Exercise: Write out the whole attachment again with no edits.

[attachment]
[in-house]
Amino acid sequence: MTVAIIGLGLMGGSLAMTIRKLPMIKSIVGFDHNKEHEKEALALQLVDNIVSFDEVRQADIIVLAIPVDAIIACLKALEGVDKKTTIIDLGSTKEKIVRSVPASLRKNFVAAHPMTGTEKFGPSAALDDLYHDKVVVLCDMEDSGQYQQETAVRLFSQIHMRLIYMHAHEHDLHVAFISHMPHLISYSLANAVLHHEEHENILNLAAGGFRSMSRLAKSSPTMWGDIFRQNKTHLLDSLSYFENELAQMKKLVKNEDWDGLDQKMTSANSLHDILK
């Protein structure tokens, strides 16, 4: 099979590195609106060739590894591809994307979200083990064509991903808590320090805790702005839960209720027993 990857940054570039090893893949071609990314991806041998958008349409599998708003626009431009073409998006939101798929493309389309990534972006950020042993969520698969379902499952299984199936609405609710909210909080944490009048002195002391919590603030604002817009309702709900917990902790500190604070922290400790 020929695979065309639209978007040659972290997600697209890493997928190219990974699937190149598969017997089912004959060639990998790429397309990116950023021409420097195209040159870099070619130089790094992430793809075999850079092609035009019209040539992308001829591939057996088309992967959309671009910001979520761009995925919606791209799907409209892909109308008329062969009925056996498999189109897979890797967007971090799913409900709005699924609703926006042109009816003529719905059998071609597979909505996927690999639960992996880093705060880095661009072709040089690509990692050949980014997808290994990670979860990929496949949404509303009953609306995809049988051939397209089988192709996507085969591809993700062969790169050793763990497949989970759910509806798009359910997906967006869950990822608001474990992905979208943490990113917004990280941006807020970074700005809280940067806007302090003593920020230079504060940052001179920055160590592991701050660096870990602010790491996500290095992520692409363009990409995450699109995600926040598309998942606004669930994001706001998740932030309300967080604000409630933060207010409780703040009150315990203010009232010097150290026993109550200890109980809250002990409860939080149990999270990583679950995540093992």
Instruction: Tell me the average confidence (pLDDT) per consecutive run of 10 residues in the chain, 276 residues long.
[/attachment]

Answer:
[in-house]
Amino acid sequence: MTVAIIGLGLMGGSLAMTIRKLPMIKSIVGFDHNKEHEKEALALQLVDNIVSFDEVRQADIIVLAIPVDAIIACLKALEGVDKKTTIIDLGSTKEKIVRSVPASLRKNFVAAHPMTGTEKFGPSAALDDLYHDKVVVLCDMEDSGQYQQETAVRLFSQIHMRLIYMHAHEHDLHVAFISHMPHLISYSLANAVLHHEEHENILNLAAGGFRSMSRLAKSSPTMWGDIFRQNKTHLLDSLSYFENELAQMKKLVKNEDWDGLDQKMTSANSLHDILK
């Protein structure tokens, strides 16, 4: 099979590195609106060739590894591809994307979200083990064509991903808590320090805790702005839960209720027993 990857940054570039090893893949071609990314991806041998958008349409599998708003626009431009073409998006939101798929493309389309990534972006950020042993969520698969379902499952299984199936609405609710909210909080944490009048002195002391919590603030604002817009309702709900917990902790500190604070922290400790 020929695979065309639209978007040659972290997600697209890493997928190219990974699937190149598969017997089912004959060639990998790429397309990116950023021409420097195209040159870099070619130089790094992430793809075999850079092609035009019209040539992308001829591939057996088309992967959309671009910001979520761009995925919606791209799907409209892909109308008329062969009925056996498999189109897979890797967007971090799913409900709005699924609703926006042109009816003529719905059998071609597979909505996927690999639960992996880093705060880095661009072709040089690509990692050949980014997808290994990670979860990929496949949404509303009953609306995809049988051939397209089988192709996507085969591809993700062969790169050793763990497949989970759910509806798009359910997906967006869950990822608001474990992905979208943490990113917004990280941006807020970074700005809280940067806007302090003593920020230079504060940052001179920055160590592991701050660096870990602010790491996500290095992520692409363009990409995450699109995600926040598309998942606004669930994001706001998740932030309300967080604000409630933060207010409780703040009150315990203010009232010097150290026993109550200890109980809250002990409860939080149990999270990583679950995540093992």
Instruction: Tell me the average confidence (pLDDT) per consecutive run of 10 residues in the chain, 276 residues long.